Sixth Grade

Howe, Marie

Primary Category: Literature / Poetry

Genre: Poem

Annotated by:
Dittrich, Lisa
  • Date of entry: Nov-25-1998


This narrative poem relates the speaker's memory of neighborhood boys tying her and a friend "spread-eagled" to a garage door and teasing them in a way that borders on being sexually threatening. The speaker tried (and eventually succeeded) in convincing the boys to let her and her friend go. The poem subtly explores the shifting relations between girls and boys--and between girls and themselves--on the border of childhood and adulthood, focusing on the tensions of girls moving from seeming sexlessness to sexuality and womanhood, and the prices that might entail.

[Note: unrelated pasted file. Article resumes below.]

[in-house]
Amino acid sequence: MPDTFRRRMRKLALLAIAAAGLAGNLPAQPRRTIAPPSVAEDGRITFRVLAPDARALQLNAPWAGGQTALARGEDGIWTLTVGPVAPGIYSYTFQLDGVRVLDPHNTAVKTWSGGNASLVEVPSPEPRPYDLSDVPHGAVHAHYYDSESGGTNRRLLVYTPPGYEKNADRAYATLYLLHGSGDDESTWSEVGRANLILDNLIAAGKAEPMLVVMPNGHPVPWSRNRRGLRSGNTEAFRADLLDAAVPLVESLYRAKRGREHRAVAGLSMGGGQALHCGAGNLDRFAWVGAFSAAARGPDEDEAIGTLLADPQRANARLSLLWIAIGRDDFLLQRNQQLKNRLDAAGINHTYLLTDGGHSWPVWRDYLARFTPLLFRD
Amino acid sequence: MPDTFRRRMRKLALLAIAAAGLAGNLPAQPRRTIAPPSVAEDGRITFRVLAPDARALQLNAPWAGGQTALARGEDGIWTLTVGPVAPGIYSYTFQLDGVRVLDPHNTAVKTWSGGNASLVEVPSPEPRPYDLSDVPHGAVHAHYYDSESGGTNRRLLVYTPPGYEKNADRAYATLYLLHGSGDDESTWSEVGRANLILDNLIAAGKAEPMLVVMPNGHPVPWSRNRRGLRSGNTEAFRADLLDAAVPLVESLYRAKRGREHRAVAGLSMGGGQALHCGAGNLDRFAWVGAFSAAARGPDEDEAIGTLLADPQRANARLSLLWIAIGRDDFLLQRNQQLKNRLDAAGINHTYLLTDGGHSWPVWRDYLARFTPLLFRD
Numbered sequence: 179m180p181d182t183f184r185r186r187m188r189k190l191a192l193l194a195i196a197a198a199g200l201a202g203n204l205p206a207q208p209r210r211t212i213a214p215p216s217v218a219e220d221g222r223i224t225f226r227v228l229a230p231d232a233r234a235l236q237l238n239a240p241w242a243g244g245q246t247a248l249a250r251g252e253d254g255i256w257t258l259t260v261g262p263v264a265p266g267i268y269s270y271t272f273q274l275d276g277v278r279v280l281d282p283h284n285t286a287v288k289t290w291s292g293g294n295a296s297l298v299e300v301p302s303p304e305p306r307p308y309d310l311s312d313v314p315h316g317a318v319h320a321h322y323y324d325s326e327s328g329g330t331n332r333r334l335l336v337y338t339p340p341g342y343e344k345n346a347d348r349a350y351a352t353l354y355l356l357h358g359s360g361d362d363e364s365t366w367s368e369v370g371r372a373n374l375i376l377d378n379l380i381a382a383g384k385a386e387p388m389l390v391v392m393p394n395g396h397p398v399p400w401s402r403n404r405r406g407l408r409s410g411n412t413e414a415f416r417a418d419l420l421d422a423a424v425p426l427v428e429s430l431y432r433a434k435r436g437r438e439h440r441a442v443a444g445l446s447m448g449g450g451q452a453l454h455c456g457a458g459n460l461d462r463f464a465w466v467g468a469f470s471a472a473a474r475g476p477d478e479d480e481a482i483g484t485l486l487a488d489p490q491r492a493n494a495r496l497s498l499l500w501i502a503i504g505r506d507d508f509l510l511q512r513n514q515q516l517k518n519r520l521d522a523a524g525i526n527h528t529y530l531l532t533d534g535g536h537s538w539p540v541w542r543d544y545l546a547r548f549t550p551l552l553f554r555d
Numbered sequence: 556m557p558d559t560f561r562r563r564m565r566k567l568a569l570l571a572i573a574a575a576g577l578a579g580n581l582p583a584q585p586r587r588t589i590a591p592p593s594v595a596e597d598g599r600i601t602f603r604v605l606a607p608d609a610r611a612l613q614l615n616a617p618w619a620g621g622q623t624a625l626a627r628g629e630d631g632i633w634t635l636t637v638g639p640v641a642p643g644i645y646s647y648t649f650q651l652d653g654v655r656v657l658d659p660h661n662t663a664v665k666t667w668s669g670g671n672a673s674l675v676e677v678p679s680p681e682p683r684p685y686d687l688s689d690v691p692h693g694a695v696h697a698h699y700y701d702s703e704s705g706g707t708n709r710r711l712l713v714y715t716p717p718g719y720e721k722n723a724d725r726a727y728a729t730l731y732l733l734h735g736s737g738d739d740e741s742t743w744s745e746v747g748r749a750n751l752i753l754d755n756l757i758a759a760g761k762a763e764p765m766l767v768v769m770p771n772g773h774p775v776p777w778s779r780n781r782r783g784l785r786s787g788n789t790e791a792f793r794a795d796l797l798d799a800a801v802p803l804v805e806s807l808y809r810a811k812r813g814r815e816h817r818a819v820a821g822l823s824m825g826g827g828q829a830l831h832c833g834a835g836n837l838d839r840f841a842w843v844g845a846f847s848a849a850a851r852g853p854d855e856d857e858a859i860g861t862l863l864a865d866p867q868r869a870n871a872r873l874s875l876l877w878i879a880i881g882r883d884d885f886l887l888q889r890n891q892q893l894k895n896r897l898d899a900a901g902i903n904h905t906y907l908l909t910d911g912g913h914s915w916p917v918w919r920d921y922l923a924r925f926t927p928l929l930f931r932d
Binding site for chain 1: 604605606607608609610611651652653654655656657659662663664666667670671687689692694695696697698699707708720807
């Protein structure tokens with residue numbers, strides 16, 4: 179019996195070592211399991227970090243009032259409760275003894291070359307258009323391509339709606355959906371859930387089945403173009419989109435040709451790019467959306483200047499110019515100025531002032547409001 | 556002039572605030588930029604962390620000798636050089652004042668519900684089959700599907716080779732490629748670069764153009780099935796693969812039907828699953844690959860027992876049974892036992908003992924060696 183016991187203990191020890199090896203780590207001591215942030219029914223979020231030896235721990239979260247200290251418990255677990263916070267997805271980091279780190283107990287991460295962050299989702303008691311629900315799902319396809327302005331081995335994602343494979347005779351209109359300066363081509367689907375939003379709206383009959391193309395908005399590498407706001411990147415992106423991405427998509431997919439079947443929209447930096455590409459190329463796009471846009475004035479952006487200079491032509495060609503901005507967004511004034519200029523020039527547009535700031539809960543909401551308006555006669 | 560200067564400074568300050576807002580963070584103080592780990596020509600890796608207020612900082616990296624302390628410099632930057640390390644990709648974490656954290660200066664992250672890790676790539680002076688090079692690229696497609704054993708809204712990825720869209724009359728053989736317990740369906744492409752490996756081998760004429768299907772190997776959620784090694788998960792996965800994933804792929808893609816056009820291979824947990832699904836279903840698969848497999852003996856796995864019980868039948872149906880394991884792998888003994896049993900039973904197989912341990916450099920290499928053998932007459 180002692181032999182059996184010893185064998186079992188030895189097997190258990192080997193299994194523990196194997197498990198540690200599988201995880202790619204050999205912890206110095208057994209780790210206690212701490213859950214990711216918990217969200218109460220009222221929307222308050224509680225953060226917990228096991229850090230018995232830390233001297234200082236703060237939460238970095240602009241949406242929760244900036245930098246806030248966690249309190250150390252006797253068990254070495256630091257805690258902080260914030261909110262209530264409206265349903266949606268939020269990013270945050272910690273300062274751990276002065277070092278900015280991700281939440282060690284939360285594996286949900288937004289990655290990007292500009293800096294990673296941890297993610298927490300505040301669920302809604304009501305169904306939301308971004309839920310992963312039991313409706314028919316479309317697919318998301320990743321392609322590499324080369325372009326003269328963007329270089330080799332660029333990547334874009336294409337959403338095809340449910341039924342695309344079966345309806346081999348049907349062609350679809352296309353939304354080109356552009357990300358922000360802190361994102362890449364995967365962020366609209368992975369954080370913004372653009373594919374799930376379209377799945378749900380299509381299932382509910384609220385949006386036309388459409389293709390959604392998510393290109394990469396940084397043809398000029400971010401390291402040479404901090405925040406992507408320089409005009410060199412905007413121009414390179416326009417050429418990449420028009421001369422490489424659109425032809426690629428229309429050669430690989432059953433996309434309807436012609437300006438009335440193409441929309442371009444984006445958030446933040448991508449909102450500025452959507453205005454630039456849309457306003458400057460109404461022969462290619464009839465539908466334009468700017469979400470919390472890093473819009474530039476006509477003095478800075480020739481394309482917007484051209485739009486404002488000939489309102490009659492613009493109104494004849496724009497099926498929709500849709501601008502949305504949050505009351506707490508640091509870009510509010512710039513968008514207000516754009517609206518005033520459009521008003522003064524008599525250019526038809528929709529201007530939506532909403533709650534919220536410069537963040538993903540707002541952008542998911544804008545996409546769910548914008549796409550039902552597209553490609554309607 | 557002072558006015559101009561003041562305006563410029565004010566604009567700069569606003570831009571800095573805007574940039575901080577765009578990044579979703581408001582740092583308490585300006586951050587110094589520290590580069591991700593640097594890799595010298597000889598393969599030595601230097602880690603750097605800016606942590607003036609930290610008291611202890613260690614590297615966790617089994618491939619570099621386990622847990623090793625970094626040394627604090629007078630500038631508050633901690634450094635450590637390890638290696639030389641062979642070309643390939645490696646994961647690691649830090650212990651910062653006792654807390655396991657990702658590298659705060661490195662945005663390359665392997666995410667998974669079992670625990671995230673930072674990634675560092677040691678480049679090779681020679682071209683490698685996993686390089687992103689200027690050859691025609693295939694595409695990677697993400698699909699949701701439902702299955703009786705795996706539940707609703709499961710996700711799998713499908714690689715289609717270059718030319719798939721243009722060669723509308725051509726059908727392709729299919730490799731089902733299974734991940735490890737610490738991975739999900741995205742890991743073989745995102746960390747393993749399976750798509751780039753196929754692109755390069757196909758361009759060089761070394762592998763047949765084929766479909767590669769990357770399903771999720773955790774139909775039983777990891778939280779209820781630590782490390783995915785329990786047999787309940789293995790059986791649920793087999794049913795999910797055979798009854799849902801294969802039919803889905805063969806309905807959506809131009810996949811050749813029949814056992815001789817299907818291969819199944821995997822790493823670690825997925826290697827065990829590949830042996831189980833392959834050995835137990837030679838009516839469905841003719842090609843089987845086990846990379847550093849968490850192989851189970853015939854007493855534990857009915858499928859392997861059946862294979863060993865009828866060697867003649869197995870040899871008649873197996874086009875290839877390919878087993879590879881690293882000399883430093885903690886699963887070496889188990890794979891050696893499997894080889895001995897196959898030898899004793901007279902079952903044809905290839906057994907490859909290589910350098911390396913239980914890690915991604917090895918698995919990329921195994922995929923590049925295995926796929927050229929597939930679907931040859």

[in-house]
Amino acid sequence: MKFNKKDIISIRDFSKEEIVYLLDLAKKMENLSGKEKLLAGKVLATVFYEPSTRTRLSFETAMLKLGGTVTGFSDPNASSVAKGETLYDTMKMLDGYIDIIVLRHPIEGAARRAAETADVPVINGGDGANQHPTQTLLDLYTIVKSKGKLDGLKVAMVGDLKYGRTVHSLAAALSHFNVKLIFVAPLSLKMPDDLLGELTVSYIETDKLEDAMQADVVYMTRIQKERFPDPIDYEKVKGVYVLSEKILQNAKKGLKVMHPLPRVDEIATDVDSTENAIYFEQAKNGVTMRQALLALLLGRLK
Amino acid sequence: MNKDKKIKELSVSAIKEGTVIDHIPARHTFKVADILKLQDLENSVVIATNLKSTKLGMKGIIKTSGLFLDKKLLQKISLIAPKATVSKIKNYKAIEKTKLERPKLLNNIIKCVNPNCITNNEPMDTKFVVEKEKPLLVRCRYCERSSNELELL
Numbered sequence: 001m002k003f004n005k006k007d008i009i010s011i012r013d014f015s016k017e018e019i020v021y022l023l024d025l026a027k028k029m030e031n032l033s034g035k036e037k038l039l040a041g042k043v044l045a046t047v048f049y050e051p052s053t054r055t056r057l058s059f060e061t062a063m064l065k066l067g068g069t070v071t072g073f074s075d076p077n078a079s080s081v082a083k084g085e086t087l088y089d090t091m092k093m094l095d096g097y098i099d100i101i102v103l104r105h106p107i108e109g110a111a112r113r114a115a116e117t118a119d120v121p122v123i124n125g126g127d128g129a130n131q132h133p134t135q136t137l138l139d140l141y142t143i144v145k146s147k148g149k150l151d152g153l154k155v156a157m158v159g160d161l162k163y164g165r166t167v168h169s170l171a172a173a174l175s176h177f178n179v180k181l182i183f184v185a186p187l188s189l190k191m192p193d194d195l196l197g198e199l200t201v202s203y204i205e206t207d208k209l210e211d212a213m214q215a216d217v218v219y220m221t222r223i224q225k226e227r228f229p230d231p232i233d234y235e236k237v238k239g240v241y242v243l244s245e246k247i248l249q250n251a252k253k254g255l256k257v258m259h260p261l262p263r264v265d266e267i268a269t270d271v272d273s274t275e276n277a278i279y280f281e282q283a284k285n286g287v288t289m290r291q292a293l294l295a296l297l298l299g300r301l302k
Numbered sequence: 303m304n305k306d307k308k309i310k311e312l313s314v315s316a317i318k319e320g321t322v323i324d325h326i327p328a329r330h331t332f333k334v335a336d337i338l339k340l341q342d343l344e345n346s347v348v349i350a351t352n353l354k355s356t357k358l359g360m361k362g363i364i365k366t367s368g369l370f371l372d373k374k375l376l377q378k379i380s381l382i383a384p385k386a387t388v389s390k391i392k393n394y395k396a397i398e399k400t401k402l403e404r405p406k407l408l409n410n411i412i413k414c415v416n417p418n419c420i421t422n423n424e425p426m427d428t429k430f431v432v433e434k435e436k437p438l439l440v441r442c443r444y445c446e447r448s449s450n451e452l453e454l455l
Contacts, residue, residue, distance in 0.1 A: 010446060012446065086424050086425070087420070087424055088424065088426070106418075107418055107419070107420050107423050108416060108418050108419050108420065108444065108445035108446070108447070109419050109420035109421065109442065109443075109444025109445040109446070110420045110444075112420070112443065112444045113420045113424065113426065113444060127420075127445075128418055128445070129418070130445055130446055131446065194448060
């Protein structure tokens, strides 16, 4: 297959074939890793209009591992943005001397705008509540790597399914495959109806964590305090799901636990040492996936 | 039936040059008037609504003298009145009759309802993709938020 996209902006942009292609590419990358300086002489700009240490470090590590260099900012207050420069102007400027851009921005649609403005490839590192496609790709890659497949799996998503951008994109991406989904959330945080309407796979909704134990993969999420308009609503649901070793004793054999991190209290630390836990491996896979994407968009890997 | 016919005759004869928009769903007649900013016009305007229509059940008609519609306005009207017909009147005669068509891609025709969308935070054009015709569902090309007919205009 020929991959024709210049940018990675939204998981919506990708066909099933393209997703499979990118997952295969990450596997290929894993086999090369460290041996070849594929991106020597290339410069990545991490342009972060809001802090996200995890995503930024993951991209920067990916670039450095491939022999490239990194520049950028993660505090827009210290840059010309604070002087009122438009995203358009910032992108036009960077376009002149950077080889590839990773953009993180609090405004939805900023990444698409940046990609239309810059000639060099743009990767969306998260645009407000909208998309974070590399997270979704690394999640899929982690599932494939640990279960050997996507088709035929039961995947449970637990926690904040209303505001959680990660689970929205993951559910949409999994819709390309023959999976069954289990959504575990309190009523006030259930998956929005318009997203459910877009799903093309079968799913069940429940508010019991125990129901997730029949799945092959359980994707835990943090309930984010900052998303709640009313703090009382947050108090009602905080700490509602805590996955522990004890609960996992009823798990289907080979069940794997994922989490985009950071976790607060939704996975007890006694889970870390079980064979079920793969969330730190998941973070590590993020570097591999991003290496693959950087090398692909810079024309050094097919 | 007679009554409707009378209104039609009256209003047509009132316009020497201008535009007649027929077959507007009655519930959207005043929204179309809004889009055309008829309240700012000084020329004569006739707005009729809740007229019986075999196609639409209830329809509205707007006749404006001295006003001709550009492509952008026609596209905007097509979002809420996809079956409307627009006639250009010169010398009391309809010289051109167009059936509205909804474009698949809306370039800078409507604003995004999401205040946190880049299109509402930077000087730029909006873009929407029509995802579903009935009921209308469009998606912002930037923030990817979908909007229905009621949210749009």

What is especially interesting about this poem is the speaker's description of her attempts to convince the boys to stop tormenting her and her friend. First, after they pull up her friend's dress, making her cry, the speaker says she "became a boy again, and shouted Stop." When that doesn't work, she becomes "a girl-boy," appealing specifically to her best-friend's brother, Charlie. When that too fails, she looks directly at Charlie and speaking "more softly" says his name. This "feminine" appeal works, and Charlie orders the boys to untie the girls.

Primary Source

What the Living Do


W. W. Norton

Place Published

New York